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From "Craig R. McClanahan" <craig...@apache.org>
Subject Re: [dbutils] StringUtils proposed methods
Date Mon, 11 Nov 2002 19:00:30 GMT


On Mon, 11 Nov 2002, Joe Germuska wrote:

> Date: Mon, 11 Nov 2002 11:40:01 -0600
> From: Joe Germuska <Joe@Germuska.com>
> Reply-To: Jakarta Commons Developers List <commons-dev@jakarta.apache.org>
> To: Jakarta Commons Developers List <commons-dev@jakarta.apache.org>
> Subject: Re: [dbutils] StringUtils proposed methods
>
> At 12:23 PM -0500 2002/11/11, Henri Yandell wrote:
> >Looking at these, it seems that the first and third are easier done by
> >using a PreparedStatement, which knows more about exactly how the
> >particular database likes to escape a ' etc.
> >
> >Is there a big need to provide a String method here, or should people just
> >be upgrading to the PreparedStatement?
>
> I have two reasons for building SQL statements from strings instead
> of using prepared statements:
>
> * if you're not iterating through repeated queries, the overhead of
> creating a prepared statement is wasted -- this isn't a critical
> optimization, but it is one argument against using prepared
> statements for one-off queries.  (See
> http://www.onjava.com/pub/a/onjava/2001/12/19/oraclejdbc.html, tip #3)
>

In at least a couple of popular open source JDBC drivers (at various times
-- haven't looked lately), the implementation of the String based calls
just used the prepared statement logic underneath the covers, so the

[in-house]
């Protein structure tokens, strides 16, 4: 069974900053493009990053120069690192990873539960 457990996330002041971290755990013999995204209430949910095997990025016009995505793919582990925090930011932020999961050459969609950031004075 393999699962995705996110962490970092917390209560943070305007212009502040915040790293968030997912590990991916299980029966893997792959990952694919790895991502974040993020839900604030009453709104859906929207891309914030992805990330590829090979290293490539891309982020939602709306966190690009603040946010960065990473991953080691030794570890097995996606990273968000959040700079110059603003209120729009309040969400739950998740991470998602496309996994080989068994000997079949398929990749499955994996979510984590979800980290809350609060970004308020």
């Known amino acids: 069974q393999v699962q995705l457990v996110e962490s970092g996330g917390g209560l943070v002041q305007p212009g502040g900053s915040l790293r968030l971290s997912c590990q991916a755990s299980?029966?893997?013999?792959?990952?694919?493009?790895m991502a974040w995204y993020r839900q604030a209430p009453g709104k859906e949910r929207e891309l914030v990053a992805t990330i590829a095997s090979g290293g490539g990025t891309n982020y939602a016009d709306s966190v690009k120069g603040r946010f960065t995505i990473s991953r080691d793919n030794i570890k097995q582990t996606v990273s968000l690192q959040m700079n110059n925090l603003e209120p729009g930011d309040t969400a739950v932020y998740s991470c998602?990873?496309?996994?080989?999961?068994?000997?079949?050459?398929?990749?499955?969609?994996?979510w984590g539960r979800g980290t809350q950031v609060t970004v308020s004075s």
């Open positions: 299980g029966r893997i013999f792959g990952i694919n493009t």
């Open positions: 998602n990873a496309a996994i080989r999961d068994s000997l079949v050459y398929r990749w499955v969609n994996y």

"extra overhead" was zero.  That's probably not true for Oracle's driver,
though.

> * When developing, it can be substantially easier to debug JDBC
> problems when you can see the values which were used in the SQL
> statement; this is easier done by printing a complete SQL statement
> than by reconstructing it.
>

Fair point, but has to be balanced with a negative (see below).

> I think these are pretty good reasons for leaving the choice up to
> users of the library, instead of steering people straight to
> PreparedStatements in all cases...
>

The primary reason I encourage people to use prepared statements *all* the
time is so that the poor user doesn't have to learn things like the quote
escaping mechanisms (often database specific) so that names like
"O'Reilly"  can be stored in a text column.  Same thing in spades for all
of the wierd date conversions that some databases require.

It is tedious, error-prone, and non-portable to require application
developers to deal with this kind of thing themselves.

> Joe

Craig


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